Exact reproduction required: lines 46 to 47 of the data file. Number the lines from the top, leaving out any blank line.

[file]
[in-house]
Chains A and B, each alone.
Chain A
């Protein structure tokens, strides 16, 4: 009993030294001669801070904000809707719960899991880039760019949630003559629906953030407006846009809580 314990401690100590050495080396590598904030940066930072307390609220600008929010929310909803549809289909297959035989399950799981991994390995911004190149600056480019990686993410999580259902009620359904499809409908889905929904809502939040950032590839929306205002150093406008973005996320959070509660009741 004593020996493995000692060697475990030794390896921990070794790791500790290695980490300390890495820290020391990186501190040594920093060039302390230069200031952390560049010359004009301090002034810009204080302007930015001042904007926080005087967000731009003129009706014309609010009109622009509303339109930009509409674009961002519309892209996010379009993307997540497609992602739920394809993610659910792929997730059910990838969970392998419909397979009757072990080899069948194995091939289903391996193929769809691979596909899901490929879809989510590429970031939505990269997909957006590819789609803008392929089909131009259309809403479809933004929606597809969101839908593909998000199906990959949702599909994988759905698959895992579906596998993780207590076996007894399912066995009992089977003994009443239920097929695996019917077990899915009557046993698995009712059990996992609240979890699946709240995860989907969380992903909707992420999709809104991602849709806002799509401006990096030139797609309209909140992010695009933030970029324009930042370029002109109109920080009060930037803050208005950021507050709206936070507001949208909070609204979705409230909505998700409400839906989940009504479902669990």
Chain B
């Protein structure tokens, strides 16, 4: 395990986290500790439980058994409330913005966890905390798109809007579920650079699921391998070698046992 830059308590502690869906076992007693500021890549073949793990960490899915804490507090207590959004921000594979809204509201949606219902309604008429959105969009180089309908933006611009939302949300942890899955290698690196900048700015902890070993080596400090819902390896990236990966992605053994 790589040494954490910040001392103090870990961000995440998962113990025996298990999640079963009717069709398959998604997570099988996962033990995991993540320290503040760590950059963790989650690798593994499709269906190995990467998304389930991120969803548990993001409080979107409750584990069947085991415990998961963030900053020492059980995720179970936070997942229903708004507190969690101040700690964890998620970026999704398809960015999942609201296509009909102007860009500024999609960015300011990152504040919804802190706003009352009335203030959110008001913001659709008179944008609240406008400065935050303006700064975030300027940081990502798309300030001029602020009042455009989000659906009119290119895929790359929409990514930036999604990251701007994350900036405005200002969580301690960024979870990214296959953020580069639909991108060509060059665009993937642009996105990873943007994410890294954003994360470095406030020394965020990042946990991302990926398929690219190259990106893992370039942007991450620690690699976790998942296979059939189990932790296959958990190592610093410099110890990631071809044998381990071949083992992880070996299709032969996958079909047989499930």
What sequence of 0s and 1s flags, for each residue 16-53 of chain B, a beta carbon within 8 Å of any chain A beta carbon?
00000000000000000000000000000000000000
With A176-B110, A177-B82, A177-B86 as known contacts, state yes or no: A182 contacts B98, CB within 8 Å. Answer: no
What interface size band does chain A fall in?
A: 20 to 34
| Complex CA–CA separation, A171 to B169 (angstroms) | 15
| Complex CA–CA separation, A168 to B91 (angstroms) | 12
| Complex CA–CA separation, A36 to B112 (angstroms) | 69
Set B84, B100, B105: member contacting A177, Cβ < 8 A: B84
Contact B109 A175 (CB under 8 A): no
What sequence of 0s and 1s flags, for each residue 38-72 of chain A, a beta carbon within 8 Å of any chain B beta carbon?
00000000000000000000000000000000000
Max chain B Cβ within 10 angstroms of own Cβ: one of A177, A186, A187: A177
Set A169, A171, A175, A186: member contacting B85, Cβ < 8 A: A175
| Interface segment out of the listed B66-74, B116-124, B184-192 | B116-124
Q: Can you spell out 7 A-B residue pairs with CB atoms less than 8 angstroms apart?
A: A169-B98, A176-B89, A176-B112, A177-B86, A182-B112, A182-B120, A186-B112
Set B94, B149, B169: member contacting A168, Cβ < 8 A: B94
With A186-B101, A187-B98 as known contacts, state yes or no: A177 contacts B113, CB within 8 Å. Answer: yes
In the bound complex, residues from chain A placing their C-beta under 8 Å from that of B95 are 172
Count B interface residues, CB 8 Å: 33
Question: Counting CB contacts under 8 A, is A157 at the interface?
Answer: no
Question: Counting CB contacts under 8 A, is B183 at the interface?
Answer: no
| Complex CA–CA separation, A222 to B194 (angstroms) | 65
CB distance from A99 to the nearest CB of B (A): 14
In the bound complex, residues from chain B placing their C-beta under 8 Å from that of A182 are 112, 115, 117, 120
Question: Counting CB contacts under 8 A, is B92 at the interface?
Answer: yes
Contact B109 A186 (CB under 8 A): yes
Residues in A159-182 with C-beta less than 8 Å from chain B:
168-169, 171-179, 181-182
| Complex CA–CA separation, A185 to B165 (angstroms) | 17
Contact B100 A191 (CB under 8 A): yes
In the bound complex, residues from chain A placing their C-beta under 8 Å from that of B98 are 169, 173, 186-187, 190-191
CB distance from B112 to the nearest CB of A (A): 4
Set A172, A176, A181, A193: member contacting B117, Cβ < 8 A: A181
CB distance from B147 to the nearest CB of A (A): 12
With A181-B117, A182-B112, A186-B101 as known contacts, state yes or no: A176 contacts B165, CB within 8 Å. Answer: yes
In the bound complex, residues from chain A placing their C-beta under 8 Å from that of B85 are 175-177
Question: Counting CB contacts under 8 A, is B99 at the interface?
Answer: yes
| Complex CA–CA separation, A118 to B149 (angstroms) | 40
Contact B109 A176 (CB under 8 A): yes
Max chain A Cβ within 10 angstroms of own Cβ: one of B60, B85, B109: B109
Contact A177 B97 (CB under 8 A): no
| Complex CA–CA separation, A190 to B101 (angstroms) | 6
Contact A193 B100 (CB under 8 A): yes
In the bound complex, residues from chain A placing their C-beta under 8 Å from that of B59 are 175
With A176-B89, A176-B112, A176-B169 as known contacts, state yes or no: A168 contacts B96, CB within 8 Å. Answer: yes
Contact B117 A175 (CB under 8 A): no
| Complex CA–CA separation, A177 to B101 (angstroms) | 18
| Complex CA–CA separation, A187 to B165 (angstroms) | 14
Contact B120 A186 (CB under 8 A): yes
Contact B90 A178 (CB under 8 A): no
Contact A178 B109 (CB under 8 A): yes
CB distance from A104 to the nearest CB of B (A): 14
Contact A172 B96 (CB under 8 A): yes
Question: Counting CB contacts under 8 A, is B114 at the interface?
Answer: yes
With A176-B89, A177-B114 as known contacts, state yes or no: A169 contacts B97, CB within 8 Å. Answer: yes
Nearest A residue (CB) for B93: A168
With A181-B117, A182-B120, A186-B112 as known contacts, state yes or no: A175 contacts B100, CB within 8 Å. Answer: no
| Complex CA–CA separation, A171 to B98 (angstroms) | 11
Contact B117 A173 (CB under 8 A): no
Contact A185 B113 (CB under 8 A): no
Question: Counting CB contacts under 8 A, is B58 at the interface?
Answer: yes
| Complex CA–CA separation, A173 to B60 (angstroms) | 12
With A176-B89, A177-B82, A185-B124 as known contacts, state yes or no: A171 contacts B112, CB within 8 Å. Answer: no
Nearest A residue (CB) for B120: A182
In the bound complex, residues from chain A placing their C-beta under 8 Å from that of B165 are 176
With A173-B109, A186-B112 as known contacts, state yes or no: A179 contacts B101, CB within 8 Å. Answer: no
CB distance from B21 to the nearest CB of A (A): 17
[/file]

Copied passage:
With A181-B117, A182-B112, A186-B101 as known contacts, state yes or no: A176 contacts B165, CB within 8 Å. Answer: yes
In the bound complex, residues from chain A placing their C-beta under 8 Å from that of B85 are 175-177